Right from his beginnings in the mid-Seventies as professor of psychology (University of Turin) and from 1984 as psychoanalyst of the Società Psicoanalitica Italiana (I.P.A.), Franco Borgogno Ph.D., full Professor in Clinical Psychology and Training and Supervising Analyst, has increasingly focused his theoretical and clinical endeavors on the exploration of the relevance of the psychic environment (both parental and analytic environment) as a key factor of health and illness. This attention on the vicissitudes of “real life events” in their connection with the transference-countertransference dynamics brought him to a new reading of the works by Paula Heimann, Wilfred R. Bion, Donald W. Winnicott and especially Sándor Ferenczi. From his personal “re-visitation” of these authors he has come to propose a series of key clinical concepts which he has described in his fundamental books (published in Italian, Spanish, Portuguese, English and French) Psychoanalysis as a Journey (Bollati Boringhieri, 1999), The Vancouver Interview: Notes and Fragments of a Psychoanalytic Vocation (Borla, 2007) and, more recently, in his new book “The Young Lady Committing Hara-kiri” and Other Essays (Bollati Boringhieri, 2011).
From 1974 to date, Franco Borgogno has passionately devoted himself in presenting and transmitting clinical psychoanalysis in the Academia in a non dogmatic way, a mode particularly fit for the application of psychoanalysis in the medical, psychological and psychiatric work. As a development of this, he founded in 1999 and directed until 2009, within his university, a postgraduate school in Clinical Psychology that lawfully licenses M.D.s and Psy.D.s to conduct psychotherapy, and has contributed in 2001 to establish a Doctorate Program in “Clinical and the Interpersonal Relationships Psychology” of which he has also been Director for several years. This interest in the transmission of psychoanalysis within the university has earned him the appointment as member, co-chair for Europe and lastly – from 2009 – chair of the I.P.A. Committee “Psychoanalysis and University” and member ex-officio of the I.P.A. Outreach Committee.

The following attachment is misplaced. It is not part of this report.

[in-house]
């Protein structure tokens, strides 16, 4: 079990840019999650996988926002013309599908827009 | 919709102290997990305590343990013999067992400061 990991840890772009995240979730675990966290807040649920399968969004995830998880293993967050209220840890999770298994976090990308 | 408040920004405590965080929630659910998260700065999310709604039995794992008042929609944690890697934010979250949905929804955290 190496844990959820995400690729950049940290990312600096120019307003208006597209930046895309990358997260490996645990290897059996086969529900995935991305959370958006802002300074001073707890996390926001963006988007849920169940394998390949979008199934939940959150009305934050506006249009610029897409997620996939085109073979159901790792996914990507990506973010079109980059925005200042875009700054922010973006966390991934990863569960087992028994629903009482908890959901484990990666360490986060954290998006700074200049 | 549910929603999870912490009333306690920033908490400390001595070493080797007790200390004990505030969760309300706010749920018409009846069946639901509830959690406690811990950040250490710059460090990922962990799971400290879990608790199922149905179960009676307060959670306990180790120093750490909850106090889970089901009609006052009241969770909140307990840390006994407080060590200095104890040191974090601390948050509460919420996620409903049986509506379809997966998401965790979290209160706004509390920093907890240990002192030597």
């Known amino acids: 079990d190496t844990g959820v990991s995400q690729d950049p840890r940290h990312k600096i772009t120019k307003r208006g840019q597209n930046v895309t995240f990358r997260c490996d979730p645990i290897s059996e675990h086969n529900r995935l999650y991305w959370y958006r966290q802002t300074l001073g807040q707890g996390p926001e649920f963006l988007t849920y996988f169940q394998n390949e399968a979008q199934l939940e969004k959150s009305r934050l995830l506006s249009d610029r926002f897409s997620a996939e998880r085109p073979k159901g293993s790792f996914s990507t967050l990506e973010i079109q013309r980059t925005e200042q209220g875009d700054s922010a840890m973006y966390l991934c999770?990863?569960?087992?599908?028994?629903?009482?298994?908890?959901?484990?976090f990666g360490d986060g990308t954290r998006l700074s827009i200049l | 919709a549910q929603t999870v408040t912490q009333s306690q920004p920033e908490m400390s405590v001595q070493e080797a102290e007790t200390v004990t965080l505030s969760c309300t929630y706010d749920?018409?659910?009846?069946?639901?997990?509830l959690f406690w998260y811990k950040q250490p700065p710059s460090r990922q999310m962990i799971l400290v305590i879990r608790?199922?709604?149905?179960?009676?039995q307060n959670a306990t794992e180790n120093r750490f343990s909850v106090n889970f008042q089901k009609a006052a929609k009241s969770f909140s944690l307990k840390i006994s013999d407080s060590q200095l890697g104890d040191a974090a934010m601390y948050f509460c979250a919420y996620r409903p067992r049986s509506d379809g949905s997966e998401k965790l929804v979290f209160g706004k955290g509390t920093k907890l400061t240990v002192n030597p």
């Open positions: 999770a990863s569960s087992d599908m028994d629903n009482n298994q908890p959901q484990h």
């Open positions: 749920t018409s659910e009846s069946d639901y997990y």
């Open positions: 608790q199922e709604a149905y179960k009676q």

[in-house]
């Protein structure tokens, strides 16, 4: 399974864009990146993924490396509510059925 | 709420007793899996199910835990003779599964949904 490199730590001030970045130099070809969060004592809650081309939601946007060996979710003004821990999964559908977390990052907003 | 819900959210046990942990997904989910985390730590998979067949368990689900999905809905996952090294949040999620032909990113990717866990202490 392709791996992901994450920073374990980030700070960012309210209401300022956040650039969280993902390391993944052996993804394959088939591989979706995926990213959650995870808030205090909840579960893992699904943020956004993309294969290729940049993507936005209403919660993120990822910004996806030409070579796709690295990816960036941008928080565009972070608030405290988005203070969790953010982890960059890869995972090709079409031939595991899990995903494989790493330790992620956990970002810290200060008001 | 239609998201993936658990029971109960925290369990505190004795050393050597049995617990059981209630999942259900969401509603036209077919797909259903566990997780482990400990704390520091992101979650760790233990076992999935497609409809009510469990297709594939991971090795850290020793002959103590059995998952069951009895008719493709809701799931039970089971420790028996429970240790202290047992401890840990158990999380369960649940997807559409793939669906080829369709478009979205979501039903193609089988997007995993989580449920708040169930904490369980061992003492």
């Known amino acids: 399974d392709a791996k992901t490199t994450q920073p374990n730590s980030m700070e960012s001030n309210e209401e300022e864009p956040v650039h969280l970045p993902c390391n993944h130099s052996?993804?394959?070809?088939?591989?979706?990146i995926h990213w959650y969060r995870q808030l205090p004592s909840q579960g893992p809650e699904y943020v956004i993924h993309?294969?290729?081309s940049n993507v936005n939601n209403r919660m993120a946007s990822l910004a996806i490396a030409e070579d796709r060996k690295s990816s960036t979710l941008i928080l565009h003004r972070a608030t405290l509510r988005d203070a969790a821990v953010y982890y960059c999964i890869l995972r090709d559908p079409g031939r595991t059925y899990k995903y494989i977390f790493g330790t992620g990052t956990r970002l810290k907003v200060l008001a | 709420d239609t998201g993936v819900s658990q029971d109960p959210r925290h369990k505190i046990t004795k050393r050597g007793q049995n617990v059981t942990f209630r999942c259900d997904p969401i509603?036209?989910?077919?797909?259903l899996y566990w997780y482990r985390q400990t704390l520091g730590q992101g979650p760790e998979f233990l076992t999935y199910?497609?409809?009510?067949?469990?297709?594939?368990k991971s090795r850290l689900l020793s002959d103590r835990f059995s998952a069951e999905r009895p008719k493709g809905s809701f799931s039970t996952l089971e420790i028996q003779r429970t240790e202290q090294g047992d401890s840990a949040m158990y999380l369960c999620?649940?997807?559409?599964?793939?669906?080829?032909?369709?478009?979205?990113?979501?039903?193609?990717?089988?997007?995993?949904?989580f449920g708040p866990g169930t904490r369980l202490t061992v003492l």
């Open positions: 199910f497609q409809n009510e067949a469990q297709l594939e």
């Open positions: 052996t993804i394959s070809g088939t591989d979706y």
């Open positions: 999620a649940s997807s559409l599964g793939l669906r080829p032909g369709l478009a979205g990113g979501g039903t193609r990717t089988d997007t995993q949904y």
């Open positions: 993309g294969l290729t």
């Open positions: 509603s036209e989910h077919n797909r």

Moreover, Franco Borgogno is an active member of the Società Psicoanalitica Italiana, of the European Psychoanalytical Federation and of the International Psychoanalytical Association and has organized numerous international conferences, among which the Turin 1997 International W.R. Bion Congress and the Turin 2004 International S. Ferenczi Conference. He has done a rich editorial activity with many international psychoanalytic journals and Italian publishing houses, editing the Italian translations of many psychoanalytic classics. His publications (books, articles in journals and chapters in books) in various languages are more than 330.
Excerpt from acceptance speach:
I come from afar – as I told you – and I am here this evening thanks to the credit that I have received and to your recognition. That credit and recognition fill me with joy, but in this particular moment – I must confess – they frighten me. They scare me because now I should tell you what my contribution to psychoanalysis is and, frankly, I don’t know how I might summarize it for you in a few words.
I am a romantic – you must excuse me – but I will again turn to an illustration in order to express myself, this time an illustration that originates from my mother. When people in my father’s extended family (an aristocratic one) would ask her, a bit provocatively, to present her “pedigree” (“Nina,” they would say, “where do you come from?” “What is your history?”), she answered proudly on those occasions, but also with a grain of impudence: “Sir, as you already know (the question had been voiced repeatedly), I was born to plod along with my hands on a wheelbarrow…and in my family (not an aristocratic one: this was a family of wood industrialists), from the first day of life, you couldn’t avoid getting your hands dirty with labor, because in my home it has always been labor that is ennobling.”
So here it is: “I come from afar,” “I have received recognition and credit,” “I pushed a wheelbarrow,” and “I got my hands dirty.” It is these, all these expressions, that I think well represent the spirit with which I have moved toward and within psychoanalysis, and with which I have tried to transmit it to others – patients, students, and colleagues – with my clinical work, my writing, and my teaching. – Franco Borgogno.